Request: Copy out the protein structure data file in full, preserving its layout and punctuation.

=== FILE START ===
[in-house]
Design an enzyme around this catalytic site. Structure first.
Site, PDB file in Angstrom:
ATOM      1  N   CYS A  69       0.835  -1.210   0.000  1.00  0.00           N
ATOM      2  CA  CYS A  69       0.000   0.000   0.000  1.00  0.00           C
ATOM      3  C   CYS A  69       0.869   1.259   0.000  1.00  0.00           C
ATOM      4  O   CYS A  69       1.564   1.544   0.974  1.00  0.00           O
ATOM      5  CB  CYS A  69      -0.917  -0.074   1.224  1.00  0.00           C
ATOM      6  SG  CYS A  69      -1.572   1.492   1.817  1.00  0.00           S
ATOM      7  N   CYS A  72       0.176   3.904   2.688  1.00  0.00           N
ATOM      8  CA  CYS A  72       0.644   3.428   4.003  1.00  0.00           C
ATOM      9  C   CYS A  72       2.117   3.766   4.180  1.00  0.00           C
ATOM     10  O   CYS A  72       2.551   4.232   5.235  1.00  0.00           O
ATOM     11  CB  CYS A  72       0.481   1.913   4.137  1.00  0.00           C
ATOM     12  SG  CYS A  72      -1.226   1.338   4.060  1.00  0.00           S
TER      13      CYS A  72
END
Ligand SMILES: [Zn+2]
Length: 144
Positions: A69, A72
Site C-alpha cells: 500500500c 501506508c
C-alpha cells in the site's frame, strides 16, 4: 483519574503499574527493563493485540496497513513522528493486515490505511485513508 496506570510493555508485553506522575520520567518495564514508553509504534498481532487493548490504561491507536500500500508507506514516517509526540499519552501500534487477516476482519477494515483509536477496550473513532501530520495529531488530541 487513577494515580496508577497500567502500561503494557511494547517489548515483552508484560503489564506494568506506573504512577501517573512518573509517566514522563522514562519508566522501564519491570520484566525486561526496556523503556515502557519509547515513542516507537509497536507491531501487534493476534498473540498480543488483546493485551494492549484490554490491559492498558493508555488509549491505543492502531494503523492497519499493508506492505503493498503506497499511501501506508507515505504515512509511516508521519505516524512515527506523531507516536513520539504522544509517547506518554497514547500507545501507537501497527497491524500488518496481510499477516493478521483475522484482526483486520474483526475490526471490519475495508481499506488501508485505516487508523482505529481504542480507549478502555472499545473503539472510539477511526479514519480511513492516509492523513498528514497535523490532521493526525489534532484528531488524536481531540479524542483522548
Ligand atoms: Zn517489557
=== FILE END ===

[in-house]
Design an enzyme around this catalytic site. Structure first.
Site, PDB file in Angstrom:
ATOM      1  N   CYS A  69       0.835  -1.210   0.000  1.00  0.00           N
ATOM      2  CA  CYS A  69       0.000   0.000   0.000  1.00  0.00           C
ATOM      3  C   CYS A  69       0.869   1.259   0.000  1.00  0.00           C
ATOM      4  O   CYS A  69       1.564   1.544   0.974  1.00  0.00           O
ATOM      5  CB  CYS A  69      -0.917  -0.074   1.224  1.00  0.00           C
ATOM      6  SG  CYS A  69      -1.572   1.492   1.817  1.00  0.00           S
ATOM      7  N   CYS A  72       0.176   3.904   2.688  1.00  0.00           N
ATOM      8  CA  CYS A  72       0.644   3.428   4.003  1.00  0.00           C
ATOM      9  C   CYS A  72       2.117   3.766   4.180  1.00  0.00           C
ATOM     10  O   CYS A  72       2.551   4.232   5.235  1.00  0.00           O
ATOM     11  CB  CYS A  72       0.481   1.913   4.137  1.00  0.00           C
ATOM     12  SG  CYS A  72      -1.226   1.338   4.060  1.00  0.00           S
TER      13      CYS A  72
END
Ligand SMILES: [Zn+2]
Length: 144
Positions: A69, A72
Site C-alpha cells: 500500500c 501506508c
C-alpha cells in the site's frame, strides 16, 4: 483519574503499574527493563493485540496497513513522528493486515490505511485513508 496506570510493555508485553506522575520520567518495564514508553509504534498481532487493548490504561491507536500500500508507506514516517509526540499519552501500534487477516476482519477494515483509536477496550473513532501530520495529531488530541 487513577494515580496508577497500567502500561503494557511494547517489548515483552508484560503489564506494568506506573504512577501517573512518573509517566514522563522514562519508566522501564519491570520484566525486561526496556523503556515502557519509547515513542516507537509497536507491531501487534493476534498473540498480543488483546493485551494492549484490554490491559492498558493508555488509549491505543492502531494503523492497519499493508506492505503493498503506497499511501501506508507515505504515512509511516508521519505516524512515527506523531507516536513520539504522544509517547506518554497514547500507545501507537501497527497491524500488518496481510499477516493478521483475522484482526483486520474483526475490526471490519475495508481499506488501508485505516487508523482505529481504542480507549478502555472499545473503539472510539477511526479514519480511513492516509492523513498528514497535523490532521493526525489534532484528531488524536481531540479524542483522548
Ligand atoms: Zn517489557